Probably you have noticed that there is no room for bad talks at scientific meetings anymore. Where did all the average, or even the plain good, talks go? You only ever hear of “great” presentations.

The talk ends, here comes the first question: “thanks for the excellent presentation…” The second question: “thanks for the great presentation…”

Three quarters of the audience were bored to death, but it was an excellent talk. Half of the participants had no beeping idea of what that grey-suited guy was talking about, but what an amazing presentation.

Are all scientific presentations that good, sorry I meant: that excellent?

Seriously, there must be a mean level of quality. After all, eminent scientists can be crappy speakers, and eloquent speakers are not always a reflection of their contributions to a research field. Therefore, we should start hearing fewer “thanks for the excellent presentation” nuisance and more of old-fashion questioning and answering.  Scientific meetings are becoming the ground for banal exchanges of mutual validation.

Too much pop, a little more rock please

Hey, but as much as we enjoy an excellent presentation, let’s not forget all those first-rate questions from the audience.

“That’s a good question!” Says the academic prophet and even the mortal student at the podium. Suddenly, I hear so many good questions that I am also starting to wonder: “Where did all the bad questions go? What about the pointless questions? The “I know it too” questions? The questions to make sure that your colleagues or the speaker notice your attendance? What about some Marx Brothers or Cantinflas style of questions?” I miss those types of questions.

But wait a second; they are still with us. I hear them all the time! Or maybe this is just scientists being sarcastic. “Thanks for the excellent presentation, I was bored out of my skull, here is my question”. Or, from the side of the speaker: “ah that is a good question, and could you please stop behaving as if you were clueless?”

I want a little more no-nonsense attitude, and even wittiness, in scientific conferences. A little less self-marketing and crowd-pleasing statements please. Too many Taylor Swifts and Ed Sheerans in the crowd and at the stand of scientific research. We need many more Joe Strummers, Noel Gallaghers, Patti Smiths and Johnny Rottens of science.

OK, maybe you are right, just a few Johnny Rottens in science will suffice.

Or perhaps this is a well-intentioned effort to be kind and polite to each other. Do not get me wrong. Being nice is good. I mean excellent. But, nah, during coffee breaks I have heard plenty of frank opinions about presentations (and their accompanying questions!).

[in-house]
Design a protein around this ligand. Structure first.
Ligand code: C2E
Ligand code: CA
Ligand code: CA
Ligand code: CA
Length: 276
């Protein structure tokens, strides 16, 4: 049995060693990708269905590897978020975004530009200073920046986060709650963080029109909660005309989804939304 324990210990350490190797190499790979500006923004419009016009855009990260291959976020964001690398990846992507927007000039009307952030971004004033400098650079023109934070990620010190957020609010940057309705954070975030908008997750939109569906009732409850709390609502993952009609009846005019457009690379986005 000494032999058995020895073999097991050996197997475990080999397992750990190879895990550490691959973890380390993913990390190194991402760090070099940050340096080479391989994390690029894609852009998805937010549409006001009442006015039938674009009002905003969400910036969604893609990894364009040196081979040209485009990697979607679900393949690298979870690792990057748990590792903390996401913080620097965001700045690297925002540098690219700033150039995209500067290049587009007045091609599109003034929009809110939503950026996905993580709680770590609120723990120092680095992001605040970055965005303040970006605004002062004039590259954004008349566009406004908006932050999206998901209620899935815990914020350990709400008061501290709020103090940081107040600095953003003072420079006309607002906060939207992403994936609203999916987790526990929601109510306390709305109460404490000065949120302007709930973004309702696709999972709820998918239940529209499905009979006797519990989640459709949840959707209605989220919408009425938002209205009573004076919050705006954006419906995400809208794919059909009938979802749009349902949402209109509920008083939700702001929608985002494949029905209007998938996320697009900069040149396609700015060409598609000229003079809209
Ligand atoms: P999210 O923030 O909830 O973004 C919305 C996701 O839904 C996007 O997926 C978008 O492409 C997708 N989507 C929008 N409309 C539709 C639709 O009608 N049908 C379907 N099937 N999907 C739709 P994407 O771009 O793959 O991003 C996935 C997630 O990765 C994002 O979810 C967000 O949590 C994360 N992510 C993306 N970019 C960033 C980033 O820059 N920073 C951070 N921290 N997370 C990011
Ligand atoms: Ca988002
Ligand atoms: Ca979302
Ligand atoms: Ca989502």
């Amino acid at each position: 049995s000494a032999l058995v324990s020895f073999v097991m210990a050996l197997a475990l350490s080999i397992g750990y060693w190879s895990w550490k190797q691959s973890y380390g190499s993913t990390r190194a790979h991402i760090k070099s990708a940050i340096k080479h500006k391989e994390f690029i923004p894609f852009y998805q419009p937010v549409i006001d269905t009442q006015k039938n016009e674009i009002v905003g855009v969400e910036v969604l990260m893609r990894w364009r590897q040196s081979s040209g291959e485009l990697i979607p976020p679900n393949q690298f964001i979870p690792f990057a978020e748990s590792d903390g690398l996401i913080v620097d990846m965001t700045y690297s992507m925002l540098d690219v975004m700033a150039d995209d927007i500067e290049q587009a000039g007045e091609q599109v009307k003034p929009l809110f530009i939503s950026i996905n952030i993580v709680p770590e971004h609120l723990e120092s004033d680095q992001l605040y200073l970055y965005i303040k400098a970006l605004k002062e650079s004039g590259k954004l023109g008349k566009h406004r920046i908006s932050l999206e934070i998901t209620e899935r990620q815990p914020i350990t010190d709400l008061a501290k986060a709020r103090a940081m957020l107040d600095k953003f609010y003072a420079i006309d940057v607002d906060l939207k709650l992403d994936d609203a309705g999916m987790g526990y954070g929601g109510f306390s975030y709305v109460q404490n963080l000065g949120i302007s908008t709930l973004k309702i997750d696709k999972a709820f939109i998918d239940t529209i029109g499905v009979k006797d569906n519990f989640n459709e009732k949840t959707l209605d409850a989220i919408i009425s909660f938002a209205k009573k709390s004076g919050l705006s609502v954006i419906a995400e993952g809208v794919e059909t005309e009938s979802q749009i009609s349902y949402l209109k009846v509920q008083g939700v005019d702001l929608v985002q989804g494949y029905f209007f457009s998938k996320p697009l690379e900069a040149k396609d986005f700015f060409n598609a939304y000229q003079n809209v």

Excellent is the new average

We are in the age of excellence, in which almost everything is ground-breaking. Excellent is the new average.

These are times when sounding like you are right is more important that doing the right thing. But doing and saying the right thing means expressing something in an honest way. The problem is that intellectual honesty sometimes hurts: other people’s egos and possibly your own career prospects.

These are the days of fantastic. These seem to be times when having an opinion automatically makes you an expert, a visionary.

Everything is disruption without even making a splash.

Old are the days of average, heart-felt disagreement and intellectual discomfort. Maybe gone are the days when average was common, good meant good, and excellent was the tail of the statistical distribution. Excellent was not the average.

Edward O. Wilson, one of the world’s most admired scientists, advised young researchers that “the greatest proportion of moral decisions you will be required to make is in your relationships with other scientists”1.  And indeed this is a vital challenge, not only because science is above all a social networking endeavour, but also because an awareness of this reality may regrettably lead us to over-emphasize the importance of looking or sounding good to others.

And perhaps it is such an anxiety to find a cosy place in the nest of consensus among “peers” that is creating so much delusion.